By Julia Belluz - Friday, January 4, 2013 - 0 Comments
In a post about the most outrageous attacks on science in 2012, Science-ish asked you to pick the topic you’d like to see tackled first in the new year: you wanted the truth about antibiotics and superbugs.
It’s no wonder. The popular discourse about these rapidly multiplying, drug-resistant microbes is pretty freaky. An investigation by CBC’s Marketplace found deadly bacteria, like C. difficile, lurking in hotel rooms. Other stories have revealed that they are waiting to cuddle up with you in hospitals, and even peppering your chicken dinner.
Meanwhile, the British Medical Journal has reported that the dangers of superbugs may be over-hyped, turning poor germ-avoiding patients into hospital cleaners. But you, dear readers, know the cleansing light of evidence can wash away some of those fears. Here’s what the latest research tells us about antibiotics and superbugs:
By macleans.ca - Tuesday, October 11, 2011 at 12:22 PM - 0 Comments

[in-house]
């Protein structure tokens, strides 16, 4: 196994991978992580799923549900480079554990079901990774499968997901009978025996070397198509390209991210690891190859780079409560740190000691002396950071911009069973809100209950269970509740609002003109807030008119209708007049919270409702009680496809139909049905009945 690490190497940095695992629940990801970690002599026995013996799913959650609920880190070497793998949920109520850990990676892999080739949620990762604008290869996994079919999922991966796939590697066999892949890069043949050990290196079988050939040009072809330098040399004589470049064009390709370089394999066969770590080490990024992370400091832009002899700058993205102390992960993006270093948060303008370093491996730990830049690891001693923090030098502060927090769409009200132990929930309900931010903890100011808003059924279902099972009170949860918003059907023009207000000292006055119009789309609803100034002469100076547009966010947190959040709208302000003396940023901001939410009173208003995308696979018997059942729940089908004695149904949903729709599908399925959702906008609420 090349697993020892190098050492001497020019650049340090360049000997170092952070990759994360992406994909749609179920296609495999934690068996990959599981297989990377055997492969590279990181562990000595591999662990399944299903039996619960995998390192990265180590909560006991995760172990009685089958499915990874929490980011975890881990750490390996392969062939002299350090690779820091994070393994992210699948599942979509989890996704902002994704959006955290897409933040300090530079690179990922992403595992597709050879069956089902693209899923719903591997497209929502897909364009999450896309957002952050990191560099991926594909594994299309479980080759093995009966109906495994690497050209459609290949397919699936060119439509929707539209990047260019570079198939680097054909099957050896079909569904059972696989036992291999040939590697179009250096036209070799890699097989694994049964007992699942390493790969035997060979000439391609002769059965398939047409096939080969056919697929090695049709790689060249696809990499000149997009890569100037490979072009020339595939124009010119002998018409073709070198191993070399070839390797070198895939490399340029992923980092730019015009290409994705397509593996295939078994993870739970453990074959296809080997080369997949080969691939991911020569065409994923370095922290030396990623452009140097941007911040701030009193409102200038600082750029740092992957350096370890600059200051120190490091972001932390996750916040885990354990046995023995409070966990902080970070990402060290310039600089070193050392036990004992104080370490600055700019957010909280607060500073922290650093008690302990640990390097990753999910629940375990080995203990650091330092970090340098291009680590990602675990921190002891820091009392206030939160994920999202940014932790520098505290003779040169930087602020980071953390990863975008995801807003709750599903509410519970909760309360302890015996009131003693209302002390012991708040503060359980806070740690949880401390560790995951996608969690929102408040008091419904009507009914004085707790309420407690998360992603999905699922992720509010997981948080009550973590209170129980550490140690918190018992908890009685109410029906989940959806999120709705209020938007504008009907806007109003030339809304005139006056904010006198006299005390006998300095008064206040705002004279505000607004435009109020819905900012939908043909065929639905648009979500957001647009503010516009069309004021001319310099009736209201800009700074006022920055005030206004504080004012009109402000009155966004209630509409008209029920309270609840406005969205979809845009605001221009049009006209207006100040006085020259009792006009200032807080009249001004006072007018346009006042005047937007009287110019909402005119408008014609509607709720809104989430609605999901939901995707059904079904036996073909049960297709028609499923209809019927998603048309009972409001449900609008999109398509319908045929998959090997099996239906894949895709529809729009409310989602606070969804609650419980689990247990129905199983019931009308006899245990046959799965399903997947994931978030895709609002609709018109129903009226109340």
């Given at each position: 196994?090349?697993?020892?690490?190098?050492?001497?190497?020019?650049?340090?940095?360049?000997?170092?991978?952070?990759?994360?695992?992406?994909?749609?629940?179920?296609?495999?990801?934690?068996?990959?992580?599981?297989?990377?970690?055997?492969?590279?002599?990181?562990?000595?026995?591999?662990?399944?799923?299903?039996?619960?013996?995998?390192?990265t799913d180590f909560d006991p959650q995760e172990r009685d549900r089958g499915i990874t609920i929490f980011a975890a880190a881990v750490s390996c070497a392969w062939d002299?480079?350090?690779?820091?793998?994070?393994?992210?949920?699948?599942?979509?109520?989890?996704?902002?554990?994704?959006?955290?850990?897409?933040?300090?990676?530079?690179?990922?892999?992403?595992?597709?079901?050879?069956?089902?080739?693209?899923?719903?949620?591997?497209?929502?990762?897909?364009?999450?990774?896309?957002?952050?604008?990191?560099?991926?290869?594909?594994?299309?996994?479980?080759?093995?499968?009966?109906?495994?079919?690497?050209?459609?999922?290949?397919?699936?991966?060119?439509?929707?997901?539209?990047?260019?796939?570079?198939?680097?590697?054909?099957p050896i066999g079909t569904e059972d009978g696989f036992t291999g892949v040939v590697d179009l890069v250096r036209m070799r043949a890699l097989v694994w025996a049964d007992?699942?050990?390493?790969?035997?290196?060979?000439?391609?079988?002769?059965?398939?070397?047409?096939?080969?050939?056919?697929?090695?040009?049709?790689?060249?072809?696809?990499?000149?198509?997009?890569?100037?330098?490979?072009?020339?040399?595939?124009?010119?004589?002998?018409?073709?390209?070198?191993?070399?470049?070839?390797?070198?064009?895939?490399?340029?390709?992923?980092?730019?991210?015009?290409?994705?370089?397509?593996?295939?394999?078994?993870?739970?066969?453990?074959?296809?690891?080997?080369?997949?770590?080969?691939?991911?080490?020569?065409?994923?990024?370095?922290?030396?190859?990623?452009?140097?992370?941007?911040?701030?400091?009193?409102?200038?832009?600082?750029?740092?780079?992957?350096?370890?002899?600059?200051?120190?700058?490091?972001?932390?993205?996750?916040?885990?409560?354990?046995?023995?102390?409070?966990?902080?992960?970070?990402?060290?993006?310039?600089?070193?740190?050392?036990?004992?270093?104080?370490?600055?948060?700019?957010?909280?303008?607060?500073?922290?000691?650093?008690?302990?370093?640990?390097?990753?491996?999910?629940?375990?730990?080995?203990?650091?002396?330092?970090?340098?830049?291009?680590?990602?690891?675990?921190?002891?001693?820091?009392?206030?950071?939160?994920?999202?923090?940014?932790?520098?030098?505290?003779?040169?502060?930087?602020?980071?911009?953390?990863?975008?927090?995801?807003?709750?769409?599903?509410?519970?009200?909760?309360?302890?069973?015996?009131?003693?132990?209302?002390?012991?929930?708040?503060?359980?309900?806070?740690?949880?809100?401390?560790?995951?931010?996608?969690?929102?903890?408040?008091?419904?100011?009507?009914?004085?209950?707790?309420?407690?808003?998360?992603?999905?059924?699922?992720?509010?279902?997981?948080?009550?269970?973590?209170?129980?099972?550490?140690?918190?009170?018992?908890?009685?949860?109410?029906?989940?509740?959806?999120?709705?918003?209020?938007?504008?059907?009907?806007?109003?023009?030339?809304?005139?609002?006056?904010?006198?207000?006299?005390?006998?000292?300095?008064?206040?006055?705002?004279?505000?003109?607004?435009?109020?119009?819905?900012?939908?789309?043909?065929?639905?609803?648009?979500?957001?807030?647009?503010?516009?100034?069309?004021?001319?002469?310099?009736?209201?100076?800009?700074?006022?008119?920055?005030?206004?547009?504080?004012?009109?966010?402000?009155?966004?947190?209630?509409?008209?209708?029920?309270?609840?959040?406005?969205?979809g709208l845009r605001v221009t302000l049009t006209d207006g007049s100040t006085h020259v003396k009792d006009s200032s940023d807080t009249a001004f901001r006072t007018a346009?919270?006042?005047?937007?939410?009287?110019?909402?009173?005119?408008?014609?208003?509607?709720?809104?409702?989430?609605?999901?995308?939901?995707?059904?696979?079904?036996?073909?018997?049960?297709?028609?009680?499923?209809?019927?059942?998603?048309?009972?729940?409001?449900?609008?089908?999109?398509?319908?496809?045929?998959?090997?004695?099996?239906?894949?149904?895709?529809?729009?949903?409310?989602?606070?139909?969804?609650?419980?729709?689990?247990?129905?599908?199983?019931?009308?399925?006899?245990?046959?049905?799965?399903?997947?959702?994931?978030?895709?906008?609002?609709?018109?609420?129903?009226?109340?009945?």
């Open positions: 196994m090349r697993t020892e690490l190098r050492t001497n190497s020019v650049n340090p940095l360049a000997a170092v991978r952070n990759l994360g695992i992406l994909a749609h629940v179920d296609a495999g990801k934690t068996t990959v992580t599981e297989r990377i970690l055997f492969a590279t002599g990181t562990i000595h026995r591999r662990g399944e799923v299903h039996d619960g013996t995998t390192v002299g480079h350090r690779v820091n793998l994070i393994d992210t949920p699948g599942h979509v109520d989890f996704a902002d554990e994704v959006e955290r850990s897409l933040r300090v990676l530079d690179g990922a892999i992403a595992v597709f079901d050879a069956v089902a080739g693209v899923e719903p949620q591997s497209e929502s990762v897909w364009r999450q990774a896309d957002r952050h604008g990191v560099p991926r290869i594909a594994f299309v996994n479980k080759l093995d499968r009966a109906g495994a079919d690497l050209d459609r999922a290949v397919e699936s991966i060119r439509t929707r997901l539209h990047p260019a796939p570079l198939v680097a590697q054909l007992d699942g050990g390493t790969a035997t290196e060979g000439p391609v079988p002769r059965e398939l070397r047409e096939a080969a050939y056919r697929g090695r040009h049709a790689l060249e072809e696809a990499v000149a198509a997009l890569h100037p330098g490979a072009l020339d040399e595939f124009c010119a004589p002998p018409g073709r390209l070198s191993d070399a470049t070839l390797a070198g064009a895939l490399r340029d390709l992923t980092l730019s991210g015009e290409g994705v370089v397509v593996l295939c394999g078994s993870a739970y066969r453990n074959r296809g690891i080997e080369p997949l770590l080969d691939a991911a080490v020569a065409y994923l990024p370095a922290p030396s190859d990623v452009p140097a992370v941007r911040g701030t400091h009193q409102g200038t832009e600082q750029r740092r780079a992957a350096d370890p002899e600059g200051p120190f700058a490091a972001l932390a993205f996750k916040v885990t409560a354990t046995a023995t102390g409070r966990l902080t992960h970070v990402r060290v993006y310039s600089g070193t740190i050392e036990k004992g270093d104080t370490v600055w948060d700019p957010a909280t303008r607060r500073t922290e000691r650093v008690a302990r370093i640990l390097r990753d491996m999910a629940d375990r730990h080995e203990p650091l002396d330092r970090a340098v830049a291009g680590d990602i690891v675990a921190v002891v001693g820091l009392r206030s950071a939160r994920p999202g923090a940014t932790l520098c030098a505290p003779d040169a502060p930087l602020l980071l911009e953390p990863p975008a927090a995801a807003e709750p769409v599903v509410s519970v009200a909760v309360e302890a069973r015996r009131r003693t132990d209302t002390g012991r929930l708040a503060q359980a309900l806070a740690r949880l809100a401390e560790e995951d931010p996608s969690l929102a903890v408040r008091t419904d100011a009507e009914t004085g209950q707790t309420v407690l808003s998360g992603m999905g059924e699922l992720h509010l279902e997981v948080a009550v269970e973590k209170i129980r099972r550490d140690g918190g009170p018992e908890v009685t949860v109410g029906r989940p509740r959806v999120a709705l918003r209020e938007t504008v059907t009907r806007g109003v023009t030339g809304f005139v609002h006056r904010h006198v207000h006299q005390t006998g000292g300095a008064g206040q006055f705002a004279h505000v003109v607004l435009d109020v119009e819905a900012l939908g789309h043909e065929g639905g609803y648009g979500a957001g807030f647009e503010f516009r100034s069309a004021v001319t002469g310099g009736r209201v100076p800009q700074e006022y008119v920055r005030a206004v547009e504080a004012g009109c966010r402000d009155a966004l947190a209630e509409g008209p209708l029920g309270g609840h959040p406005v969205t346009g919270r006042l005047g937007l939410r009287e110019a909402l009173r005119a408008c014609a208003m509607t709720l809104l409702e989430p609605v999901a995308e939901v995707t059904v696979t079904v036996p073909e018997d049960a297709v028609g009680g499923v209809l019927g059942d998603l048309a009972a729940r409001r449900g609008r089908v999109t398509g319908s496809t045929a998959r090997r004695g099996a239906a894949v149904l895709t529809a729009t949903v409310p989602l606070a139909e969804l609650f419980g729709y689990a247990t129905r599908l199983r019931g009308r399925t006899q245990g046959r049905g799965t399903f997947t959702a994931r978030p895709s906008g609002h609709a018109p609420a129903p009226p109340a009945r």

Experts warn STD could become untreatable in the future
Gonorrhea strains are becoming resistant to the antibiotic usually used to treat the sexually transmitted infection, according to the BBC, which reports that doctors in the UK are being told to stop using the normal treatment (the antibiotic cefixime), and to use two more powerful antibiotics instead: a pill and a needle. The Health Protection Agency is warning we’re headed to a point when the disease is incurable, unless new treatments are discovered. The bacterium that causes gonorrhea is very adaptive, and has gained resistance to more and more antibiotics.